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WENGEN, SUI (Jan. 20, 2013) — Mike Janyk got his season up and running with a 26th-place finish in Sunday’s World Cup slalom in Wengen, Switzerland – a result he hopes can be a turning point for the Canadian men’s slalom team.
Janyk, of Whistler, B.C., endured a difficult start to his 2012-13 Audi FIS Alpine Ski World Cup season after he failed to qualify for the second run in the first two races and did not finish his first run in the next three. But that all changed Sunday when the 2009 world championship bronze medallist finished 28th after the first run and then laid down a solid second run to pick up his – and the Canadian men’s slalom team’s – first World Cup points of the campaign.
“Hopefully this can spark something,” said Janyk, an experienced competitor who has been ranked 21st, 13th and 9th in the world in slalom over the past three seasons. “I’m going to build off it, for sure – I haven’t had a second run so far.
“Obviously I’ve been going through some tough times – it’s the first time in my career. I’m still not happy with today but I’m happy being a part of (the second run). First run I got lucky but I gave myself an opportunity to be lucky.”
Janyk started 28th Sunday and finished in the same position at the end of the first run after clocking a time of one minute, 0.02 seconds – 2.27 seconds back of first run leader Marcel Hirscher, of Austria.
Given the chance to start his first second run of this World Cup season, Janyk laid down what turned out to be the 14th-fastest second run of the day to give him a two-run combined time of 1:53.34. Desire made all the difference in Sunday’s race, Janyk said.
“Honestly, I wanted to be a part of it today,” Janyk explained. “All those DNFs and all that stuff happening . . . Madonna (in Italy in December) was a freak straddle but the rest – I haven’t found that zone in a race. Today I did start to find that zone. I wanted to be part of it today.”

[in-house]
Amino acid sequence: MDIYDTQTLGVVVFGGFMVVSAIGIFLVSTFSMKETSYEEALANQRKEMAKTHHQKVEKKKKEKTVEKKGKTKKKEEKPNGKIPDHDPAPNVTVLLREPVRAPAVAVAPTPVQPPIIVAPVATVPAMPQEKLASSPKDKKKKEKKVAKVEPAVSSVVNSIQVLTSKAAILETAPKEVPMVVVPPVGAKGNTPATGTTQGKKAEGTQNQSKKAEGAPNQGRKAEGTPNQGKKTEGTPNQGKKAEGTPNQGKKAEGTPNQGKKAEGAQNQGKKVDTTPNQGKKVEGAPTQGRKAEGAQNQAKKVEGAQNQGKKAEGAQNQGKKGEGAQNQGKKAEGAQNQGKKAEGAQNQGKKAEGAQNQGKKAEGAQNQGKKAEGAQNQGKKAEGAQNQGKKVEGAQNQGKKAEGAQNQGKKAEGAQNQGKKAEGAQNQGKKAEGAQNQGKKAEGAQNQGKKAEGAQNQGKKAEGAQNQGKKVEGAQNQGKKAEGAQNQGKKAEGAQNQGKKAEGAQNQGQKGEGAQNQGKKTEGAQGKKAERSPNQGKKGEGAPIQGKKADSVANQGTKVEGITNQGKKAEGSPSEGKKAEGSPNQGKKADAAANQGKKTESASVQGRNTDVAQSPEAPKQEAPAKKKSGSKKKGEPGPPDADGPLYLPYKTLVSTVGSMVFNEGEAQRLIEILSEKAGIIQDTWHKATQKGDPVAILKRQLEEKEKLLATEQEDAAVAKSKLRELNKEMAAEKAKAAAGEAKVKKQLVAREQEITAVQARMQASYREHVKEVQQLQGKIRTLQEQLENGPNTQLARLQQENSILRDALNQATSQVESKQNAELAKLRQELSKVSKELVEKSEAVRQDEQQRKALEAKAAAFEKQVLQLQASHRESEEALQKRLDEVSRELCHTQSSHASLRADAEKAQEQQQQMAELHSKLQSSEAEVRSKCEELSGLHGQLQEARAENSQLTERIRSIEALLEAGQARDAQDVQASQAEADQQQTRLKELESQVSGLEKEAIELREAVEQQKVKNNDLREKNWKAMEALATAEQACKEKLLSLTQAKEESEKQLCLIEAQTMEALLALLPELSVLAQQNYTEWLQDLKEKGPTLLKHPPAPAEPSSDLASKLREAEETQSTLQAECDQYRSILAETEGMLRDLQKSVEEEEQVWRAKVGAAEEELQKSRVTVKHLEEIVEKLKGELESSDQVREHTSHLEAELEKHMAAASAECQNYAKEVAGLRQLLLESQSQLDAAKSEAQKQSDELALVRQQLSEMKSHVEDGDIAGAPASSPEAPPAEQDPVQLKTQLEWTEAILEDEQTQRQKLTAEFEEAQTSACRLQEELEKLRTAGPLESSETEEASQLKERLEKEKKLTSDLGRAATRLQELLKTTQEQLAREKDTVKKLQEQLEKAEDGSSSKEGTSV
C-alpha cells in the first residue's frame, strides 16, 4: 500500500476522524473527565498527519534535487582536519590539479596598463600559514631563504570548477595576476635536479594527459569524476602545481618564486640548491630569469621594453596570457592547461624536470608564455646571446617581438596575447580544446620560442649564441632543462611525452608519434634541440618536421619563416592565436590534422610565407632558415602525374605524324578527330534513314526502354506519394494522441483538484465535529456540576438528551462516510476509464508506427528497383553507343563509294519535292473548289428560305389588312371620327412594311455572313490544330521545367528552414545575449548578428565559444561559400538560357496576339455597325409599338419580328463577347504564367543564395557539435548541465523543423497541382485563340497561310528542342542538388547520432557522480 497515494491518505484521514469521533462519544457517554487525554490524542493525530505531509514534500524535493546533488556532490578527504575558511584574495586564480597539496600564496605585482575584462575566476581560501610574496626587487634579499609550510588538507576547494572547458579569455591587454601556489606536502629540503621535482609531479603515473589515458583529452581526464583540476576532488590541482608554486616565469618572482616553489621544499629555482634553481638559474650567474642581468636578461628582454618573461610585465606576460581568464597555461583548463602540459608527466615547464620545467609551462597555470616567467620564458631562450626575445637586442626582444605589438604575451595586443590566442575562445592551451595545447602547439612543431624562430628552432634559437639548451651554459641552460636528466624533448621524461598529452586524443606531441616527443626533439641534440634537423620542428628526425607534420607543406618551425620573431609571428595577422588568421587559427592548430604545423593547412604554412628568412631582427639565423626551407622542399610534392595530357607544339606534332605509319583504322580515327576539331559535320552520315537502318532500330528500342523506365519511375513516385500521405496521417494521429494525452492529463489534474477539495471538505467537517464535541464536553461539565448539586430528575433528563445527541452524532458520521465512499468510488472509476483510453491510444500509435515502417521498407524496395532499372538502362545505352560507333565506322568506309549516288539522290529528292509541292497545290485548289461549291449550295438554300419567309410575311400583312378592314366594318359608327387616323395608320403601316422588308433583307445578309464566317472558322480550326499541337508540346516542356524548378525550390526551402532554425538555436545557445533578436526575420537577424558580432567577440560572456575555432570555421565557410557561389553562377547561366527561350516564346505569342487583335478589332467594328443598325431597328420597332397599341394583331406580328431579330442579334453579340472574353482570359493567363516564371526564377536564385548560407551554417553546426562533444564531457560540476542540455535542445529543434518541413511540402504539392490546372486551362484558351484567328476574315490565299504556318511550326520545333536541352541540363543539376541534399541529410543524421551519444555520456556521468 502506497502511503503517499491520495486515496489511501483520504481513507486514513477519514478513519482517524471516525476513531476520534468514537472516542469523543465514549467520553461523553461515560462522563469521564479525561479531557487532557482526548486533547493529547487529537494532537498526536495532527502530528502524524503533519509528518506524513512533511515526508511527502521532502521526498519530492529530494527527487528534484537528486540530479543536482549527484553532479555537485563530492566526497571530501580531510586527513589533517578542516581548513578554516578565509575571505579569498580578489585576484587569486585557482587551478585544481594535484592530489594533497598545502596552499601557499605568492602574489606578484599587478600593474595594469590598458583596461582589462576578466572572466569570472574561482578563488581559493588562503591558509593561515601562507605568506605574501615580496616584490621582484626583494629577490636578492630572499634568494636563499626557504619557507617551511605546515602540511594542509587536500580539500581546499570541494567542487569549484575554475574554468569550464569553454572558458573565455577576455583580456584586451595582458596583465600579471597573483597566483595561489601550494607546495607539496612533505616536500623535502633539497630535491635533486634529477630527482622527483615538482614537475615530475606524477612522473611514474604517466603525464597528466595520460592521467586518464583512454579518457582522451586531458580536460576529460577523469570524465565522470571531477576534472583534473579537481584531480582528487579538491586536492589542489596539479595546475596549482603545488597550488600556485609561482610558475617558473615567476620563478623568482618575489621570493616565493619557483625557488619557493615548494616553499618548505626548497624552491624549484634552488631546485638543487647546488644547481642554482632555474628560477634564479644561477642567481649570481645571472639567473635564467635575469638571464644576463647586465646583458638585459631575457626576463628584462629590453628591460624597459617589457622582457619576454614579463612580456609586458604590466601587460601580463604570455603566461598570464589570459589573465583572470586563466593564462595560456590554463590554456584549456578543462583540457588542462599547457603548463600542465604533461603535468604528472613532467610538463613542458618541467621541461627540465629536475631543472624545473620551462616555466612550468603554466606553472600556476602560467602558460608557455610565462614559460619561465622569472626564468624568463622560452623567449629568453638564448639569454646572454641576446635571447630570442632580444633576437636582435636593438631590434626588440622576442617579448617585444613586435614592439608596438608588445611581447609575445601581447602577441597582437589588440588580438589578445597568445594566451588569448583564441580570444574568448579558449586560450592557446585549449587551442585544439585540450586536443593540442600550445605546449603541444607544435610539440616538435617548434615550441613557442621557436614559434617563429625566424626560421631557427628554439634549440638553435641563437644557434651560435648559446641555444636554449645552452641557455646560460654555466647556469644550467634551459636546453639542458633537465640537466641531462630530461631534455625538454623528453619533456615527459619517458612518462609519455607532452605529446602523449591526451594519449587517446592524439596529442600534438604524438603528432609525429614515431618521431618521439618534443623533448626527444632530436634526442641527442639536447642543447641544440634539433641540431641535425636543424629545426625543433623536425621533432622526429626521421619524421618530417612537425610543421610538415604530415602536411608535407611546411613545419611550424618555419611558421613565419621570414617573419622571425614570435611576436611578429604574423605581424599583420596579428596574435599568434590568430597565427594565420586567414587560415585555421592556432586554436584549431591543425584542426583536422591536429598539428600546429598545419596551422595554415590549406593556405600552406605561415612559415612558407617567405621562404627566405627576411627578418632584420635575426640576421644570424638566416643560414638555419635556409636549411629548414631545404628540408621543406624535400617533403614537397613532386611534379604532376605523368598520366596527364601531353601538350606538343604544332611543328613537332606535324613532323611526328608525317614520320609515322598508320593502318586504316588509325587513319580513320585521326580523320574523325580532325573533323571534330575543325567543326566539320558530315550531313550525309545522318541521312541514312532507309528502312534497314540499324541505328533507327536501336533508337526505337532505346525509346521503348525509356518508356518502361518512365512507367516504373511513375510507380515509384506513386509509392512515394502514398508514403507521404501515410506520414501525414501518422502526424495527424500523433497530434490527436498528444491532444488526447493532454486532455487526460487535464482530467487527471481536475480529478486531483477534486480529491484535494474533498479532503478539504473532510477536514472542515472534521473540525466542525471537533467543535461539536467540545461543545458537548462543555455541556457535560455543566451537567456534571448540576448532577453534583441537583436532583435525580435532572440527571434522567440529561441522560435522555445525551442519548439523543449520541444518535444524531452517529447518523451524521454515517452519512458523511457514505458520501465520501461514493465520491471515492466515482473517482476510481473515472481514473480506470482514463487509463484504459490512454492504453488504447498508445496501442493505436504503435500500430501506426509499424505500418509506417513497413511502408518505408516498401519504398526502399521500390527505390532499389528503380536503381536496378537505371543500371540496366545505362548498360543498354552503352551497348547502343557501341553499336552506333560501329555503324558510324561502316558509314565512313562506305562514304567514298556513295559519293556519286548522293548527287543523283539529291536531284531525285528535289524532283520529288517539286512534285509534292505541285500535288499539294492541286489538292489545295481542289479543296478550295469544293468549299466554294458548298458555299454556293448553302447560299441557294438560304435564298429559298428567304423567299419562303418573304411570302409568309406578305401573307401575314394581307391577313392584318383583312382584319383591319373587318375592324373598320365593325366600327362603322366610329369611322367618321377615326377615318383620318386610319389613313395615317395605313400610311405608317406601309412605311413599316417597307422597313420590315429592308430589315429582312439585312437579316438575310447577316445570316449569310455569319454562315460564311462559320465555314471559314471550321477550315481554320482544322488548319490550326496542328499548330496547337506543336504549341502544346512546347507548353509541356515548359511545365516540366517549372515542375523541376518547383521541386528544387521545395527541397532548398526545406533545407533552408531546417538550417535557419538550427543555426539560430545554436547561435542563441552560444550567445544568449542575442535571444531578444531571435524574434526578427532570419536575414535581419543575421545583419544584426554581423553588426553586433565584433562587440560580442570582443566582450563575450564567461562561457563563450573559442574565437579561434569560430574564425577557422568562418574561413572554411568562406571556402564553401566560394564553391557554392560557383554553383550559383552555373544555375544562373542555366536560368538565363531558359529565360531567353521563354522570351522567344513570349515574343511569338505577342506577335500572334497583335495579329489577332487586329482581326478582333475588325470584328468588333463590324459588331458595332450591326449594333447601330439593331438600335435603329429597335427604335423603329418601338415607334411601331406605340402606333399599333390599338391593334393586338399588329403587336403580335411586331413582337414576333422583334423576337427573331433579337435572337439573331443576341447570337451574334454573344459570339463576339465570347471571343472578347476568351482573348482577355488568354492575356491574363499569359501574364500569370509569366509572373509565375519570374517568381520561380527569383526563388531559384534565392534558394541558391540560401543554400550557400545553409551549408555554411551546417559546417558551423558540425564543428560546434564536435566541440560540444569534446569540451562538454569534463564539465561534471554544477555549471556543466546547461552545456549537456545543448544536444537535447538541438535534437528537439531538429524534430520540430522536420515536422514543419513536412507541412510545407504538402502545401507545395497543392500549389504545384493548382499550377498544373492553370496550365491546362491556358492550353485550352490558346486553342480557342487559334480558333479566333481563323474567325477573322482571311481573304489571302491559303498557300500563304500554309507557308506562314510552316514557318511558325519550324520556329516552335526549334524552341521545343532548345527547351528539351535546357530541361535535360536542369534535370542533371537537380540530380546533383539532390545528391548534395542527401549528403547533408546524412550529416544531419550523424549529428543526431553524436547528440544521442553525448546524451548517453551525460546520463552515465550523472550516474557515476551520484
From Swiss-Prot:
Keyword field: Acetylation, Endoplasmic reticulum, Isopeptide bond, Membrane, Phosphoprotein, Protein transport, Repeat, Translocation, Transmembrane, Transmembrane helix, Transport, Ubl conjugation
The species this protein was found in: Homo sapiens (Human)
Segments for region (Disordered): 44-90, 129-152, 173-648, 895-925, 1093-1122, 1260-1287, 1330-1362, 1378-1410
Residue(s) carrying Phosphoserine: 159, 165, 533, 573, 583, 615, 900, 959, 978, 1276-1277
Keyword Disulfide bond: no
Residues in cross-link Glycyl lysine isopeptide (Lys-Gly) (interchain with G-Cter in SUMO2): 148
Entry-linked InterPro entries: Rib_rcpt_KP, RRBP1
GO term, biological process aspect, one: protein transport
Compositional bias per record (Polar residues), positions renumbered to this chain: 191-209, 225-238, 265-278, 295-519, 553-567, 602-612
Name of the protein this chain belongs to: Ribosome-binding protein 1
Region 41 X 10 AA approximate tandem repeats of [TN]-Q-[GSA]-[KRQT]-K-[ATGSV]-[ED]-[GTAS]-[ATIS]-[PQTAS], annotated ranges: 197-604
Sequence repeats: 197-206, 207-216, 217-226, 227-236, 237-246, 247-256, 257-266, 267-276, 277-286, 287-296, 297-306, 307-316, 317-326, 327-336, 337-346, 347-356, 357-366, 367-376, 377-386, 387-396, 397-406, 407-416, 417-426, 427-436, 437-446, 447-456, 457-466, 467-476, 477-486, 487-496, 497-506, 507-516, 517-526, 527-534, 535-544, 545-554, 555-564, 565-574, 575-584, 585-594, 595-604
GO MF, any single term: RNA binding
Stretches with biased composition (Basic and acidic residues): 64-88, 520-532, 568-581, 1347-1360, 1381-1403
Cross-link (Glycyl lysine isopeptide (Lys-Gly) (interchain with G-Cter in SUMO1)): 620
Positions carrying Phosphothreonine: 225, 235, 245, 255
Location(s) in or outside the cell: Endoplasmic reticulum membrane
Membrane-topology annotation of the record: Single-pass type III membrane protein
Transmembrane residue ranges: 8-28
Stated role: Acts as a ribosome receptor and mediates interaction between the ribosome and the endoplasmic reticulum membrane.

Pete Bosinger, head coach of the men’s alpine team, said Janyk’s result was a “monkey off the back.”
“When you go through a spell like that over a period of time when you have no second runs in this sport, it weighs pretty heavy on the confidence of the athletes,” Bosinger said. “Mike has struggled to feel like he can go hard in his first or second run but now he can look at what he accomplished today – there were some parts where he skied well – and build on that.
“He’s certainly wanting more but the fact that he got two runs will help him build for (the next race).”
Germany’s Felix Neureuther put together two strong runs to take the win Sunday with a two-run combined time of 1:50.53. Hirscher was second (1:50.74) and Croatia’s Ivica Kostelic was third (1:50.78).
Janyk’s teammates Julien Cousineau, of Lachute, Que., and Trevor Philp, of Calgary, Alta., did not finish their first runs, while Sasha Zaitsoff, of Queens Bay, B.C., was 43rd after the first run with a time of 1:02.34. Only the top 30 qualify for the second run.
“ ‘Cousi’ was actually on track to have a second run but unfortunately skied out so he feels like he’s turned the corner in terms of where his skiing is at,” Bosinger said. “We are all happy (with Janyk’s result). It certainly helps team morale. Being up there for the second run puts a smile on everyone’s face and now if we keep working hard we will get there.”
The next stop on the World Cup circuit for the men’s slalom team is next week’s race in Kitzbühel, Germany.
Yurkiw, Préfontaine outside top 30 in Cortina
Canada’s Larisa Yurkiw and Marie-Pier Préfontaine finished 42nd and 45th, respectively, in Sunday’s World Cup super-G in Cortina d’Ampezzo, Italy. Yurkiw, of Owen Sound, Ont., started 37th and crossed the line in 1:20.58, while Préfontaine, of Saint-Sauveur, Que., started 43rd and finished with a time of 1:21.16. Germany’s Viktoria Rebensburg won in 1:16.45, while Austria’s Nicole Schmidhofer was second (1:16.78) and Slovenia’s Tina Maze third (1:16.79). The USA’s Lindsey Vonn was seventh.
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